Last updated: November 11, 2021
You are a new nurse working in a local Emergency Department in a popular tourist town. A 64-year-old patient who had a heart transplant 6 months ago is vacationing with his family. He has left his pain medication at home and is complaining of retrosternal chest pain that does not radiate. It has been present since he woke up this morning (4 hours ago) and believes it is because of the different bed in the rental condo.
Recognizing that he has a cardiac history and that chest pain can be indicative of a myocardial infarction you complete vital signs. Pulse 104 BP: 118/94 R: 18 with a pulse oximetry reading of 96% on room air. His lungs sound clear. You immediately go to find the physician and give him report. He is with another patient but you feel this is important enough to interrupt him. He comes out into the hallway and you give him the man’s story. He tells you to get an ECG and returns to his patient. While you don’t understand why he is not in a hurry to see your patient you return to him to complete the ECG. The ECG is as follows:
You don’t know a lot about ECGs but you certainly know that something very serious is wrong with this one. There appears to be extra P waves so this might be THIRD DEGREE HEART BLOCK! You take the ECG at a fast walk (because ED nurses never run) to the ED physician feeling vindicated by his shrug off just a few minutes ago. He glances at the ECG, and asks if he is still having pain. You say “yes, in fact it has gotten a little worse.” He responds by giving you orders for Fentanyl 50mg IV and “to let him know if the pain has gotten better”. You start to ask him about aspirin and Nitroglycerin but he has already walked away. Should you notify the other doctor, should you call in the catheterization laboratory? You seem to be the only one that realizes that this guy has some major issues. You decide to speak to the Nursing Supervisor about your concerns.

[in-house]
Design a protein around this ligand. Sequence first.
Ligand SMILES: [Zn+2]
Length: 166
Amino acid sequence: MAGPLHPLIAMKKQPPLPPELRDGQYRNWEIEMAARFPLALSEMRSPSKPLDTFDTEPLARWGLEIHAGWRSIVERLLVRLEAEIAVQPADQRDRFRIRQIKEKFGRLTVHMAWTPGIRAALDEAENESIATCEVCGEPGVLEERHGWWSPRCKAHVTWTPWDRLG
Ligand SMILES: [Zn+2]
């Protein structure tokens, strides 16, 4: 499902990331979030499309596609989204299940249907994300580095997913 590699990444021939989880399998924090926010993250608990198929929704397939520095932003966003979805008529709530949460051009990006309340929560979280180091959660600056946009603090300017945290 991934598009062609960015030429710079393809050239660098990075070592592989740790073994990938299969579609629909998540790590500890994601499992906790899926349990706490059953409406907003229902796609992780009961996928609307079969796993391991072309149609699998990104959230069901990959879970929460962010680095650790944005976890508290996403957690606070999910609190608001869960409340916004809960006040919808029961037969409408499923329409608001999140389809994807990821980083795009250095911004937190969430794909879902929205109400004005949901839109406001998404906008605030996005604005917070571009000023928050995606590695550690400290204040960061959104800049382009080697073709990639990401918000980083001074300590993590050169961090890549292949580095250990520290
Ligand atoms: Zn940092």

She takes you aside and explains to you that when a new heart is put in a patient, the nerves are not reattached. Although years after transplant they can grow back, this gentleman has only had his heart for a short period of time. That means that even if he were having a heart attack he would not experience the classic chest pain of other patients. For that reason, it can be assumed that he is probably correct, and his pain is not cardiac in nature.
As for his extra P waves? Well, the atrium from the patient’s original heart is left in place and often receives a blood supply from collateral vessels growing from the bronchioles.1 The sinus node (the cause of P waves) continues to function in the old atrium as well as in the new one. But because there is a suture line sewing the new heart to the old one, that electricity does not travel down to the ventricle so it can appear as if the patient has a complete heart block on the ECG, but this is not the case.
She also reminds you that if the patient should experience bradycardia, the standard treatment of Atropine will not work. Atropine works by blocking the Vagus nerve. Because the new heart is denervated it will not work. A beta agent such as Isoproterenol must be utilized to increase heart rate in transplant patients. Feeling a little smarter and more than a little embarrassed you return to your patient.
He is feeling better after his pain medication and you send him back to his vacation with a prescription for pain medications and best wishes for a great vacation.
Last reviewed and updated by Caitlin Goodwin on Nov 9, 2021LinkedIn